So, some of us just use the microwave (shock/horror!). Some of us use any old thing sitting on the hob. Some of us like it fancy-schmancy digital with pre set temperatures plus keep warm. And for some of us – only a whistle will do! A whistling tea kettle that is.

Before the whistle…

Due to the resemblance of its bottom half to the shape of a cauldron, a kettle (or in middle English ‘ketill’) was defined, back in the day, as a deep container for cooking, heating (water) or serving food. It was also known as a kettle drum.  This was due to its large base.  Think of the modern Weber kettle grill and you’ll see the trend continues!

Whistling Tea Kettle

If you love a whistling kettle on the stove top as much as we do, you’ll love our collection!
To view our collection of whistling tea kettles, visit Tea Party Girl’s online store outlet HERE

Interestingly for us tea lovers, ‘kettle drums’ was also used as a term in the 18th and 19th centuries.  The term was used to describe a large, informal, tea party!  Guests would come and go at will and savor cakes, sandwiches, chocolate – and tea, of course. ‘Drum’ is thought to have been slang in the 18th century for a cheery, lively party. Probably where thought initiated on the invention of the whistling tea kettle!

Then came tea …

Through the Iron, Bronze and Copper ages, kettles were essential for survival. They were strong, durable, easily transferrable and provided a precious method of sterilization. In China, they started throwing green tea leaves into the boiling water for flavour…

Initially and by middle 18th century, tea in Britain was for the wealthy.  This is because it was imported from Asia and it was expensive. Tea kettles were elaborate ornaments, often made of silver to ‘share equal billing’. You know – sort of like if you’re wearing an Armani suit but getting out of a Toyota, rather than a BMW! In time, the British East India Company imported tea from China, making it affordable.  The more affordable it became, the more popular it became! Cheaper kettles followed, with the copper stove top kettle foremost in British homes. But, the whistling tea kettle is yet to come!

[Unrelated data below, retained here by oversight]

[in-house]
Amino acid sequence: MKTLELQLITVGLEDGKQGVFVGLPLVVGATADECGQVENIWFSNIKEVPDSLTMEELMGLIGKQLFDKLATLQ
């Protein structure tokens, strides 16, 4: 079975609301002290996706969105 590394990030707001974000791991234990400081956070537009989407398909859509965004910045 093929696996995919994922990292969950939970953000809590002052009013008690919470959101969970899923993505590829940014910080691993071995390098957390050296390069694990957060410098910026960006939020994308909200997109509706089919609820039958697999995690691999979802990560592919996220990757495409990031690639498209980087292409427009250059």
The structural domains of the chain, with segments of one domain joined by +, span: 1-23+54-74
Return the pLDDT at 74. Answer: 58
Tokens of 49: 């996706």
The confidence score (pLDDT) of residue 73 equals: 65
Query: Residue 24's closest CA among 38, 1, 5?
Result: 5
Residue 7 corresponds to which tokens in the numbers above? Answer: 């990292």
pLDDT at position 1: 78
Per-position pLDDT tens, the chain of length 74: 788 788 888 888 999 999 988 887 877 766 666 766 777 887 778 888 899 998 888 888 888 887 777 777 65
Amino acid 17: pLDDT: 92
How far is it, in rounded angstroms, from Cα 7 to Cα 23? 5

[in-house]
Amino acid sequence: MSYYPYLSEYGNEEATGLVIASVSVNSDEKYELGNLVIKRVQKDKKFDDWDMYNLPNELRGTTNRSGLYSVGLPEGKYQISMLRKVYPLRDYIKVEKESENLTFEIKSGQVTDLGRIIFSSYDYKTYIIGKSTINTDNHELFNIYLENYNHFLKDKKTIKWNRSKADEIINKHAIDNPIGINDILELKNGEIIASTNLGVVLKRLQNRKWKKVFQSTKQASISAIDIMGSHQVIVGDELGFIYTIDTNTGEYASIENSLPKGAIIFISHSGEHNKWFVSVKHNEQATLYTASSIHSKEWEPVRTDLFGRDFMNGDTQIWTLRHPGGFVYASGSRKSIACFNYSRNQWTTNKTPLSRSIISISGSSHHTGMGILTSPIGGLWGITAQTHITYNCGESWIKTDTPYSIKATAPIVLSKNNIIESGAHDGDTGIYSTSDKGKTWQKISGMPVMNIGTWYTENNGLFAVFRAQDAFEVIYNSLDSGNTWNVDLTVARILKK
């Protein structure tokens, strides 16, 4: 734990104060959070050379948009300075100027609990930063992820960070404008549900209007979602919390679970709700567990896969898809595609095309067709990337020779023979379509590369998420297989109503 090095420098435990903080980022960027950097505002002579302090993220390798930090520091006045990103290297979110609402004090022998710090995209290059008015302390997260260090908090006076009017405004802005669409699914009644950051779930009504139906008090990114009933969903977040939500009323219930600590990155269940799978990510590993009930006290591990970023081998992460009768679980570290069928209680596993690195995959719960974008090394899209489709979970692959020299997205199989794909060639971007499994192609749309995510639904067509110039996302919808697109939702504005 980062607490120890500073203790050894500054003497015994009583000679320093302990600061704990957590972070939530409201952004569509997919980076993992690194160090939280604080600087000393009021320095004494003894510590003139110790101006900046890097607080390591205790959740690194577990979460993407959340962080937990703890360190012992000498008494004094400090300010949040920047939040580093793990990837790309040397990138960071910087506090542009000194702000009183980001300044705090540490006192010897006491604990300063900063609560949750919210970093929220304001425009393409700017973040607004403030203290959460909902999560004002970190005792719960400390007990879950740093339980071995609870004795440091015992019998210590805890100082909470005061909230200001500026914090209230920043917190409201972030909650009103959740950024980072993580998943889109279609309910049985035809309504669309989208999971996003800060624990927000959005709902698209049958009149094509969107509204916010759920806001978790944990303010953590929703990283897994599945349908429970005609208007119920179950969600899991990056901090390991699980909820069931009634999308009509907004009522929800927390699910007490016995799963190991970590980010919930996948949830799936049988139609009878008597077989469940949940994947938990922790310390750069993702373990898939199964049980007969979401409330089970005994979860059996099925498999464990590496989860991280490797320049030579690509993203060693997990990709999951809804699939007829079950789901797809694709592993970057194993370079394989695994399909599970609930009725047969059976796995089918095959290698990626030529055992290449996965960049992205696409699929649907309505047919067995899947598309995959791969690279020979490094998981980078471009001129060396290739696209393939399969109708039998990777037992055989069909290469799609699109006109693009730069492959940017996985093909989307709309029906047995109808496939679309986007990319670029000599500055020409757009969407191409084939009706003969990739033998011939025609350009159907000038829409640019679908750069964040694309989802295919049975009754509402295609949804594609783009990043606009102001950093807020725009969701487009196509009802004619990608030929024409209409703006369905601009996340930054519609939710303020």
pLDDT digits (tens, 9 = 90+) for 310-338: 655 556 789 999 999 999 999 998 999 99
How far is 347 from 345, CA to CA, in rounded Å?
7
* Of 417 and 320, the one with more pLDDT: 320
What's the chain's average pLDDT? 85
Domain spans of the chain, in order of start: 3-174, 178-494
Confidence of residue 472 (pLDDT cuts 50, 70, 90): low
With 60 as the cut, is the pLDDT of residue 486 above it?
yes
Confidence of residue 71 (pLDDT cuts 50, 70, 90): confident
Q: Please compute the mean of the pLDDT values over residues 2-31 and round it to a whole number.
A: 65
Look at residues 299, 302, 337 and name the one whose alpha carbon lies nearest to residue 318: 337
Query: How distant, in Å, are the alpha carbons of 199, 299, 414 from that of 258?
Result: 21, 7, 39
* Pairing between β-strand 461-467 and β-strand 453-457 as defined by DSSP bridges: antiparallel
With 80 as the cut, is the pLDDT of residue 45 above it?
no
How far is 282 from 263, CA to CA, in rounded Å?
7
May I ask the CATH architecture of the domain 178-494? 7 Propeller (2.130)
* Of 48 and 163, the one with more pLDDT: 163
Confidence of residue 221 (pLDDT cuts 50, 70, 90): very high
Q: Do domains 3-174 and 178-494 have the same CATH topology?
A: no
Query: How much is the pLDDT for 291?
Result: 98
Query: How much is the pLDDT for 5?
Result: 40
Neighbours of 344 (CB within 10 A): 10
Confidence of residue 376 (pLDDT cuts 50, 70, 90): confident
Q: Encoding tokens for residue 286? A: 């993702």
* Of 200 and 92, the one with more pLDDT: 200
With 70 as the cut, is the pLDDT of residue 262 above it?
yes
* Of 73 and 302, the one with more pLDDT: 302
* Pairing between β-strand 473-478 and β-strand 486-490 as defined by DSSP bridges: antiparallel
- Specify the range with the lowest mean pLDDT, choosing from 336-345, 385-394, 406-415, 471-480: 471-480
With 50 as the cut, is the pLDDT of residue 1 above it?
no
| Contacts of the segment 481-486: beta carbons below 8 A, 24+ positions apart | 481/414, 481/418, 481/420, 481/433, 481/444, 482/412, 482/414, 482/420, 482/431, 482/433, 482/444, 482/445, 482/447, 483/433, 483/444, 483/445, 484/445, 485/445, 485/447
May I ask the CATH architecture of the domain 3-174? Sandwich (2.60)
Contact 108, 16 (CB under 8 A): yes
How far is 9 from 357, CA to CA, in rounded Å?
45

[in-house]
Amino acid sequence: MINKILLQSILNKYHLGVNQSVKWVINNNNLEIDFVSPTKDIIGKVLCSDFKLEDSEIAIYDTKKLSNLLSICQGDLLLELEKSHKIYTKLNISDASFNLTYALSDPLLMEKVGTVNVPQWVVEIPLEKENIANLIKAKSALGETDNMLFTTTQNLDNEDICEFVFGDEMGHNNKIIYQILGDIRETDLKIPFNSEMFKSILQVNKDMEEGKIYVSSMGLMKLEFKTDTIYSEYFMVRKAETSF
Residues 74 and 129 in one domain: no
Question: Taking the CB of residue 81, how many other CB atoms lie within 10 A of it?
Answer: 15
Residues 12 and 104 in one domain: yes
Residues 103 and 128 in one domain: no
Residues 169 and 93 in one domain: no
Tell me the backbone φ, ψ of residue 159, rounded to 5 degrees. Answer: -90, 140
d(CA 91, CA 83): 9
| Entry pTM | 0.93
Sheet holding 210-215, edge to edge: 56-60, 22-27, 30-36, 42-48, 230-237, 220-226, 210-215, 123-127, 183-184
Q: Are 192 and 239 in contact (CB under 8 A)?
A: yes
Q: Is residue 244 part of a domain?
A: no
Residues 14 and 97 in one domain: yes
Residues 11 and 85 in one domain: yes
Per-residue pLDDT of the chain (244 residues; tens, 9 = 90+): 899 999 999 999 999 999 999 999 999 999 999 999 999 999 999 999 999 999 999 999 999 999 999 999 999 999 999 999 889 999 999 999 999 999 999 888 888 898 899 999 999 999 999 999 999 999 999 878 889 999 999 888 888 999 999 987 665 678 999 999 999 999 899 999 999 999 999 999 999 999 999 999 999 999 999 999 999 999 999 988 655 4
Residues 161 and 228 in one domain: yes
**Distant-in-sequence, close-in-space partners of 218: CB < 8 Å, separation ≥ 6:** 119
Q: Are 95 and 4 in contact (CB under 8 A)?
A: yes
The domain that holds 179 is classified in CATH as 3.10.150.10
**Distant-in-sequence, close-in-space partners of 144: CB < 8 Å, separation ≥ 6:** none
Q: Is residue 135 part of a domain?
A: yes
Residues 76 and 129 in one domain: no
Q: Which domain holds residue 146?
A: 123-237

Whistling Kettle

If you love a whistling kettle on the stove top as much as we do, you’ll love our collection!
To view our collection of whistling tea kettles, visit Tea Party Girl’s online store outlet HERE

… and the whistle

The invention of the whistling kettle is commonly associated with Londoner Harry Bramson. It was firstly Charles Coats, however, who sought patent rights in Feb 1888 for the whistle in the kettle. Invented purely for safety reasons he was granted them in April 1889. It was Jorgen Madsen who sought patent rights in May 1914 for the combined tea kettle AND signal, granted in Nov 1915. Harry Bramson sold the patented rights in 1923. And so the birth of the whistling tea kettle!

Whistling Tea Kettle Charm

The vibration created by the movement of steam pushing through the spout produces the audible whistling sound. In physics, it is called a ‘tone hole’. Not always quite that tuneful a whistle. But, it usually heralds the imminent appearance of a hot cup of tea.…  For us tea lovers an always, no doubt, joyful enough sound.

The fact that a whistling tea kettle commands your attention when it’s ready adds to the practice of making that cuppa. It’s all a part of the ritual of the practice and goes along with whatever its duty is in that moment. Solace? Celebration? Plain warmth? Comfort?

If you love a whistling kettle on the stove top as much as we do, you’ll love our collection!
To view our collection of whistling tea kettles, visit Tea Party Girl’s online store outlet HERE

 

A Whistling Tea Kettle to Love

Today you can choose a whistling tea kettle in any variety of shapes, sizes, colors, with some patterned even.  Furthermore, the materials used include cast iron, stainless steel, enamel on stainless steel and also glass. Stainless steel proves most energy efficient. However, we think the charm of the whistling tea kettle is only enhanced with how pretty it looks on your stove top and how well it goes with the decor!

A good reason too why they still whistle in our kitchen today is most likely the evocation of many a warm childhood memory. And so we wait with practised anticipation – and with all the patience of a boiling (whistling) kettle! Bring on that refreshing and comforting cuppa!

If you love a whistling kettle on the stove top as much as we do, you’ll love our collection!
To view our collection of whistling tea kettles, visit Tea Party Girl’s online store outlet HERE